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Abhinav Dumbre

Achieving Zero Downtime Updates With Kubernetes

January 13, 2022
DevOps

Zero downtime updates are a critical feature in today's world of continuous delivery and deployment, but it can be challenging to achieve when deploying applications on traditional infrastructure. With the dynamic nature of cloud computing environments, achieving zero downtime becomes even more complicated with increased scale.

The Kubernetes platform enables automated deployments that provide scalable architecture support while maintaining high availability across all components within your environment. This post will discuss how to use Kubernetes to perform zero-downtime updates by leveraging its rolling update functionality.

What are Zero Downtime Updates?

Zero Downtime means that your customers and users won’t experience any downtime during an application update. Zero downtime updates can be achieved by keeping your application running and servicing new requests during an update.

If your competitors do not have any downtime on their platforms, you can not afford it either. If your application is directly impacting your client's revenue, you are probably aware of the implications any downtime can cause to your business. As the quality of user experience continually rises, clients' and users' expectations for application availability also increase.

Before Kubernetes: Blue-Green deployment

Prior to Kubernetes, the most popular method for rolling updates was using a Blue-Green deployment. This deployment model states that there should be two identical environments, one referred to as Blue and the second as Green. At any given time, one of the two should be running the production application, and another should host the new version of the application.

These two environments should be running behind a load balancer that routes the incoming requests to the production environment. During an update, you first deploy the updated application to a non-production environment.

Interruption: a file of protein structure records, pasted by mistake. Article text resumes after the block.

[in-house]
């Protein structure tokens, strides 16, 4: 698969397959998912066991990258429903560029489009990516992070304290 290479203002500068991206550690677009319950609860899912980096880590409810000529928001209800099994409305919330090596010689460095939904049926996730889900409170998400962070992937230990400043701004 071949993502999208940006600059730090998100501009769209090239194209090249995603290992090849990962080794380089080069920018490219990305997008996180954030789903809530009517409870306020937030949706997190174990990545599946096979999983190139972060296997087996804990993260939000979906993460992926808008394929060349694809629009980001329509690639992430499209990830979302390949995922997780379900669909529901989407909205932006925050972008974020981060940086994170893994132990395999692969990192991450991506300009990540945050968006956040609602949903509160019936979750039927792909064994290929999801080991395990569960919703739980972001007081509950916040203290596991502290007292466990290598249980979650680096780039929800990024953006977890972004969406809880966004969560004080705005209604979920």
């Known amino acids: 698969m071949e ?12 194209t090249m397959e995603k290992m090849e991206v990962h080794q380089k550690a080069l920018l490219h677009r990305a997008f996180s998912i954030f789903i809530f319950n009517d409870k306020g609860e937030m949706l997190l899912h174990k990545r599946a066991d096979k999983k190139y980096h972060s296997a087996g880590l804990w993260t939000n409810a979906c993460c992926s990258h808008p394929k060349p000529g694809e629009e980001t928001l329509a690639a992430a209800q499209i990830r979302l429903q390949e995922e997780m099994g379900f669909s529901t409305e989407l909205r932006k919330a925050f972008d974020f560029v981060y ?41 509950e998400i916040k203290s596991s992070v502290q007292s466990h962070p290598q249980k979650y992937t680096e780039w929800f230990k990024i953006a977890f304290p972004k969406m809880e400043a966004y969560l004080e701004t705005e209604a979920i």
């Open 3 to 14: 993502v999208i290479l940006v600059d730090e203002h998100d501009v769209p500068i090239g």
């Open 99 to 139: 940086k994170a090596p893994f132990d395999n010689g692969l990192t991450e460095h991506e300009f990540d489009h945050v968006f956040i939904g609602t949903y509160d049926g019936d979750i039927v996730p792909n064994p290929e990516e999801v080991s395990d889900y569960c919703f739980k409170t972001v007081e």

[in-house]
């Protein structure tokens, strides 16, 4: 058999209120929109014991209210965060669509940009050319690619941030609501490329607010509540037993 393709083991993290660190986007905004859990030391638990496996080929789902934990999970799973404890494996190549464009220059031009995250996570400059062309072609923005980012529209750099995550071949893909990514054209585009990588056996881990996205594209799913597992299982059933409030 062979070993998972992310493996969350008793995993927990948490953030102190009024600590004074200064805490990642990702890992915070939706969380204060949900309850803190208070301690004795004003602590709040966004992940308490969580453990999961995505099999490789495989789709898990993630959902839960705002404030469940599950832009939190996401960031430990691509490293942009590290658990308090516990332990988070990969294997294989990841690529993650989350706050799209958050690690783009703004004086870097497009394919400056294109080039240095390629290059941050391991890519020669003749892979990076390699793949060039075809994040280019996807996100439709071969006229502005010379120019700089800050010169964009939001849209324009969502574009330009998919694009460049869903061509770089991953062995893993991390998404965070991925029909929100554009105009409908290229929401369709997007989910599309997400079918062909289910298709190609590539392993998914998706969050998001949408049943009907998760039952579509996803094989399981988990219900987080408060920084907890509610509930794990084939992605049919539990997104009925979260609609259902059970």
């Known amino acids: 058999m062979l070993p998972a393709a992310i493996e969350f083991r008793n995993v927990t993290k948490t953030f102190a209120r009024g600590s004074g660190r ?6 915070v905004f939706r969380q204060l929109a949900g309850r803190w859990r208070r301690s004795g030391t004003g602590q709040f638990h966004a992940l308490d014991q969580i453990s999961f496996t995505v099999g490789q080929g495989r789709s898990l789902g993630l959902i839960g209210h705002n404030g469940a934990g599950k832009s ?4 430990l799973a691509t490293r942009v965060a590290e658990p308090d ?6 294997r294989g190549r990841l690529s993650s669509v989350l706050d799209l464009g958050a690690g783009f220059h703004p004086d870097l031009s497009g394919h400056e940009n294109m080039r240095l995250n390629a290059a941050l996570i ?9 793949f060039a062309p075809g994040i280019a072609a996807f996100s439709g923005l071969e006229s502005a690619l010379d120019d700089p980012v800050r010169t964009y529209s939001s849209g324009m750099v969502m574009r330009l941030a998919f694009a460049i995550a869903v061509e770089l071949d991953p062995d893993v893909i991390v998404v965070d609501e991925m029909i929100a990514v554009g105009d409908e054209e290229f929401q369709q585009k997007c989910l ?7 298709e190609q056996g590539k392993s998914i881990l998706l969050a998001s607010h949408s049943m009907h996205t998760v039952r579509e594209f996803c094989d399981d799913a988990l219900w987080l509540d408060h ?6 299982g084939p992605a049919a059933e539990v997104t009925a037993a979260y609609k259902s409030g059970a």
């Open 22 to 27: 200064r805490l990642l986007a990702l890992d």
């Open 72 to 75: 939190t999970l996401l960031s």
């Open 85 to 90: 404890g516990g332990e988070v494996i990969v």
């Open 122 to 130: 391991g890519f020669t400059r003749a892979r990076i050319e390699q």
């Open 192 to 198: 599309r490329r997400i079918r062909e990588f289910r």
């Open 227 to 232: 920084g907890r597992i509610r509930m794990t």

Once updated and tested successfully, you can then switch all traffic over to this new version of your app running on the newly deployed environment. This way all traffic will be forwarded only to your recently deployed application version that should be up-to-date with production.

With such a simple approach as the blue-green model, it might seem logical for the incoming requests, but what happens to users already using the application when the update is in progress?

Kubernetes: Rolling updates

Traditional methods of achieving zero downtime require many manual steps that make it error-prone and hard to scale. With Kubernetes, you can achieve this process easily through rolling deployment strategy.

Kubernetes Rolling Updates are a way to upgrade Pods incrementally, rather than replacing them all at a time with new ones. Rolling deployments mean there will always be at least one instance available that acts as a hot standby until the new release has been successfully deployed across all nodes within the Kubernetes cluster.

For Zero-downtime updates, Kubernetes will first roll out the new version of your container and stop all requests to it. Once ready, Kubernetes will start sending traffic to this new pod/version without dropping any requests coming from users already using the application - Zero downtime for clients or customers!

In addition, you can specify the precise manner in which Kubernetes scales multiple replicas during the application update process. Also, you can leverage the Kubernetes Deployments readiness and liveness probes when the application needs to boot up. For example, if you had five pod replicas, should you immediately create five new pods and wait for them to start, deploy one by one, or terminate all old pods except one?

Example of a Rolling update strategy

Let's create a Deployment for an app. The following YAML code shows the Kubernetes deployment for an application with the default RollingUpdate strategy:

apiVersion: apps/v1
kind: Deployment
metadata:
  name: app
spec:
  replicas: 5
  selector:
    matchLabels:
      name: app
  template:
    metadata:
      labels:
        name: app
    spec:
      containers:
      - name: web
        image: rootedmind/deployment-strategies:v1
        ports:
          - containerPort: 80

The above definition should look familiar:

  • It's an object of the kind `Deployment`.
  • In the Pod template, a single container with the image `rootedmind/deployment-strategies:v1` is defined.
  • The container exposes port 80.

Adding a Liveness probe

A liveness probe is designed to probe the container and check if the process is healthy. If it isn't, it restarts the container. You could use a liveness probe to automatically restart the container when the web server goes into a deadlock.

Let's amend the Deployment definition to include it:

apiVersion: apps/v1
kind: Deployment
metadata:
  name: app
spec:
  replicas: 5
  selector:
    matchLabels:
      name: app
  template:
    metadata:
      labels:
        name: app
    spec:
      containers:
      - name: web
        image: rootedmind/deployment-strategies:v2
        ports:
          - containerPort: 80
        livenessProbe:
          httpGet:
            path: /
            port: 80